When was the last time you interacted with colleagues who aren't on your team since the pandemic began?
Gone are the lunches at the pantry, water cooler talks, or break time at the lounge and breakout area -- where you can strike up a conversation with someone from a different department without being conscious of social distancing. Gone are the days when you can see how a certain department works before your own eyes.
According to Microsoft, organizations have become even more siloed because of the shift to remote work.
It means individual team members only interact with their immediate superiors and their closest co-workers, losing contact with their broader network of colleagues. Or worse, working alone as one man on an island.
The COVID-19 pandemic was akin to a game of 'the boat is sinking', where people formed themselves into smaller groups and bubbles. The crisis further widened what was already a problem for many companies in the past.
While employees had to form silos to survive the lockdown at first, they can be detrimental to the organization as a whole.
With a siloed organization, teams withhold data that should have otherwise been disseminated quickly to drive faster results. Here are some of the negative impacts of silos on your organization:
Lost productivity. Time, resources, and manpower are wasted when information does not flow freely from one team to another. Processes go through bottlenecks and delays. Let's say the Marketing team needs to track data about customer preferences for its next project. The Sales department already has the needed information, but Marketing ends up researching from scratch anyway. This is because inter-team communication isn't normalized within the organization.
Lack of morale. Silos can lead to resentment among different teams and departments because they perpetuate a "we vs. them" mentality. It is demotivating for any employee to be in an environment where there is constant blaming, credit-grabbing, and gossiping. It can cripple your organization since time is wasted on internal problems instead of providing services.
Fragmented customer experience. Sadly, the lack of a coherent and unified goal in an organization can reflect on customer interaction. Let's use the Marketing - Sales interaction. The Sales department could be offering something in a way that deviates from the style, tone, and personality of the company, as dictated by the Marketing team. Customers want consistency when it comes to the services they avail. Whether an output was created by your team or the other department does not matter. The output itself does.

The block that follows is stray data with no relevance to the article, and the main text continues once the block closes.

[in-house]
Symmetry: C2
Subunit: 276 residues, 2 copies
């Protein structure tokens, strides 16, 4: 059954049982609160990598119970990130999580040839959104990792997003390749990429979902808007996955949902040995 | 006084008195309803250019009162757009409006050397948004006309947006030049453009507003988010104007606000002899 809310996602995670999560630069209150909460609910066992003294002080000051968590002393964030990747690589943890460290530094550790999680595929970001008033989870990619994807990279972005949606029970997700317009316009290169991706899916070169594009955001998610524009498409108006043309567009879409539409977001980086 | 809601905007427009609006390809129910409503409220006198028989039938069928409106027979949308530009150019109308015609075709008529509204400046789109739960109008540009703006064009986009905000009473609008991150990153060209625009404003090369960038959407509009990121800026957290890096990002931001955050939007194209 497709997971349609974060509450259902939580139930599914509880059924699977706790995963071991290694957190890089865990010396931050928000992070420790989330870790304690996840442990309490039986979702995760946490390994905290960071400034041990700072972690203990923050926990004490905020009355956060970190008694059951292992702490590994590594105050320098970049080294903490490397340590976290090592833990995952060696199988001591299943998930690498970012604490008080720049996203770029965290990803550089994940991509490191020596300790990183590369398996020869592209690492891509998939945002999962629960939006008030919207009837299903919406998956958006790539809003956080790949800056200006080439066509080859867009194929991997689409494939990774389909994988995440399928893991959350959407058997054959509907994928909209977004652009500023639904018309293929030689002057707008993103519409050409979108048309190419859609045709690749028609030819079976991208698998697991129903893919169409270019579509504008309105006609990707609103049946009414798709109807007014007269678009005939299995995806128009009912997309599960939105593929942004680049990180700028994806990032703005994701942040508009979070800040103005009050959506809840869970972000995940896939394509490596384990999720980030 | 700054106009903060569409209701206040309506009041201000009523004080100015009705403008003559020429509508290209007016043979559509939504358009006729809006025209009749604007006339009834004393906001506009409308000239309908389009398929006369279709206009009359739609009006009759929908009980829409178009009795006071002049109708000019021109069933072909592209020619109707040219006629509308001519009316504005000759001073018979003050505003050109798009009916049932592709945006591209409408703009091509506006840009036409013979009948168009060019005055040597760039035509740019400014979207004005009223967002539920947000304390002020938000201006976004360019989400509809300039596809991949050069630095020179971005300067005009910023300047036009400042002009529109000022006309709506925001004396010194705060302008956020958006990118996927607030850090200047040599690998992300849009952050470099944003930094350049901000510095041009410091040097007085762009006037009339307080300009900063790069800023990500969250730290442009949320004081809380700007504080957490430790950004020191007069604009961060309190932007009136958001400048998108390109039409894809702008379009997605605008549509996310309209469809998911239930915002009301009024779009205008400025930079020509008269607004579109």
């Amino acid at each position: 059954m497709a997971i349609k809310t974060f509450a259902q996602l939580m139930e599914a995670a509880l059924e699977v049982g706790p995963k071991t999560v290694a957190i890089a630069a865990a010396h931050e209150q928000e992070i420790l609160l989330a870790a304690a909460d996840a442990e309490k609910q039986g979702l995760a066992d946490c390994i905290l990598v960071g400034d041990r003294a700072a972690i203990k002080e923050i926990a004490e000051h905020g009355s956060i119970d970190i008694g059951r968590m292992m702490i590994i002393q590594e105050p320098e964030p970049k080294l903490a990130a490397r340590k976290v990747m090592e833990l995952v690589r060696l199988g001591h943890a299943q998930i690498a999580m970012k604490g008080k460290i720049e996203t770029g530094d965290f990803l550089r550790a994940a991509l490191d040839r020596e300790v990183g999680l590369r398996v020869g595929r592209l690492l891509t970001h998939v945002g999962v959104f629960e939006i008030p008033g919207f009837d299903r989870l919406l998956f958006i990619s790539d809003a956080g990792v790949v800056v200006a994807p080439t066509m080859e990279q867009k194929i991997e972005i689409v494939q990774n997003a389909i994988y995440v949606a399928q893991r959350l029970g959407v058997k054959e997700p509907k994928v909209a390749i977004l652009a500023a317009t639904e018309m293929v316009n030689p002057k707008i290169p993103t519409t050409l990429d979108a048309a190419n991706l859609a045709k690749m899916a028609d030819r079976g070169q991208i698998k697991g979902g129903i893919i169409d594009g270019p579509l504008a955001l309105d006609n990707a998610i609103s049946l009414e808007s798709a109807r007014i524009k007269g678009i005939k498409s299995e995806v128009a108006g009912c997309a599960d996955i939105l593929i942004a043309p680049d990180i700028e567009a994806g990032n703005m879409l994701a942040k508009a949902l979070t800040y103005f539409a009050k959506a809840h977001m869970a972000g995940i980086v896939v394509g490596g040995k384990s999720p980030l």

In an agile workplace, teams have no problem communicating with each other, information is disseminated rapidly and seamlessly, and an organization drives better results.
While breaking silos is a cultural shift that requires effort and a renewed push for communication, leaders can start through the help of technology.
Use only one messaging channel. The HR Department may be using Skype, the IT team on Discord, and Marketing on Viber. This is not ideal for an organization that should be communicating with one another. Organizations should even be opening up bigger groups where company updates are regularly shared, and where a newly-hired fresh grad can access what the executives are saying.
Open up access to information. Information should be there when a team or department needs it. Digital leaders can start by centralizing and integrating data through software application/s shared by all teams. Leaders can harness the power of technology to bring documents, plans, and projects to shared platforms.
Embracing a hybrid workplace setup. According to Microsoft's study, team isolation was rampant when New Zealand was in lockdown. But the situation improved when people began going to work. The same trend was observed in other countries such as South Korea. While working from home will be here to stay, organizations have the option to embrace hybrid workplaces, giving employees the chance to interact with others.
Starting with the leaders, down to the team members. Yes, organizations become siloed because of their leaders. This happens when leaders fail to communicate a shared vision for the organization -- if there is any at all. It could be a power struggle among executives that are alienating teams from each other, competition for resources, or maybe employees were allowed to become too loyal to their team instead of the organization as a whole.
Whatever the reason, the responsibility to connect different teams and organizations rests mostly on the shoulders of leaders.
Leaders should know how to become better communicators, not just to their respective teams, but to fellow leaders and the organization as a whole.
But how do leaders communicate better when everyone is so far apart and scattered because of remote work?
It can be overwhelming to think about technology, digital transformation, and
digital leadership. But with Prevo, you have a head start.
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